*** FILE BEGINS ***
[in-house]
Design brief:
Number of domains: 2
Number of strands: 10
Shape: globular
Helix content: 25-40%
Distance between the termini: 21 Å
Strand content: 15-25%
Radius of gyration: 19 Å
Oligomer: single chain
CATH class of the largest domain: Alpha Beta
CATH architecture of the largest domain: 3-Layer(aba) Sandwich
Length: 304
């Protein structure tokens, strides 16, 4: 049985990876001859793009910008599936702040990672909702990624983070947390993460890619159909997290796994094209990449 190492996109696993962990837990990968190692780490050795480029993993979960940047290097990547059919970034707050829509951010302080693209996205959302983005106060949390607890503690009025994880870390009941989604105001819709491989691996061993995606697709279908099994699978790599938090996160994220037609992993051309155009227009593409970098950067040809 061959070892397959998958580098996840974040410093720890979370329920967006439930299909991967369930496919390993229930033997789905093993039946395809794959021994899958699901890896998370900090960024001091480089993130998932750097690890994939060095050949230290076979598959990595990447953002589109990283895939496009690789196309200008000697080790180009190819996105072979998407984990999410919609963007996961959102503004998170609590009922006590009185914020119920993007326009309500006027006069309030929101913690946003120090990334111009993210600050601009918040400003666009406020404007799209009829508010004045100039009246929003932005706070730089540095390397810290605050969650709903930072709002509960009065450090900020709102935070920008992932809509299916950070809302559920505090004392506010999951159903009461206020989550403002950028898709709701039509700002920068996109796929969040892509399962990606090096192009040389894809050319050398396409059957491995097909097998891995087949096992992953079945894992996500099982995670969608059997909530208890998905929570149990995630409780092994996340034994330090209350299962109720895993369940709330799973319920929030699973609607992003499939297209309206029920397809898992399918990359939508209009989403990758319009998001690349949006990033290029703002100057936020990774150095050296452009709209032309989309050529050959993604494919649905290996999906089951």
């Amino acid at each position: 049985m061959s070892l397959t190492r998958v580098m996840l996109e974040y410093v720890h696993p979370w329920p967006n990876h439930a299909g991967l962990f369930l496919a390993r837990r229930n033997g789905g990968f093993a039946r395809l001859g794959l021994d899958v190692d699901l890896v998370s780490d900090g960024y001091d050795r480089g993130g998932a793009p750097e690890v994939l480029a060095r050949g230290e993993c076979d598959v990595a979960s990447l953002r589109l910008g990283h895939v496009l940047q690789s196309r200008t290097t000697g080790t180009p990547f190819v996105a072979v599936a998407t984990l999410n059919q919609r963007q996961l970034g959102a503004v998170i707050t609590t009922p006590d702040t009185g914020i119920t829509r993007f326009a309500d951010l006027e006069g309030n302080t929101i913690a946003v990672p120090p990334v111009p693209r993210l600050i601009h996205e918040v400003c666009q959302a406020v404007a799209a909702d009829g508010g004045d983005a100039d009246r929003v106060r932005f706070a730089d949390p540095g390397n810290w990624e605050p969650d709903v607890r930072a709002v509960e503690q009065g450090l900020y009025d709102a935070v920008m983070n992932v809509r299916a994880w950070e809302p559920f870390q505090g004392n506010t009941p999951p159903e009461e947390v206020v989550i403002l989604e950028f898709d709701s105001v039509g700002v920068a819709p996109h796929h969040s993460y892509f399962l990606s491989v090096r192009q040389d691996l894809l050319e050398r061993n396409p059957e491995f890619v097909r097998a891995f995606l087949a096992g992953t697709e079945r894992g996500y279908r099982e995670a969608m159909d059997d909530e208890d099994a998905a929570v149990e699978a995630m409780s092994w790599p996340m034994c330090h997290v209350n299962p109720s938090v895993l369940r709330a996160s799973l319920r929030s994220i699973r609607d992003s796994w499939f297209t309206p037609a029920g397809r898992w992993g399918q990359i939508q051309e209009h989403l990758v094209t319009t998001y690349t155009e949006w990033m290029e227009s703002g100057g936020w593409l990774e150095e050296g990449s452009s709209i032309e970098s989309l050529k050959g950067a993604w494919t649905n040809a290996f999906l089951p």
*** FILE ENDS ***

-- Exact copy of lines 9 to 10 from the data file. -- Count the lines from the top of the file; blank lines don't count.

Radius of gyration: 19 Å
Oligomer: single chain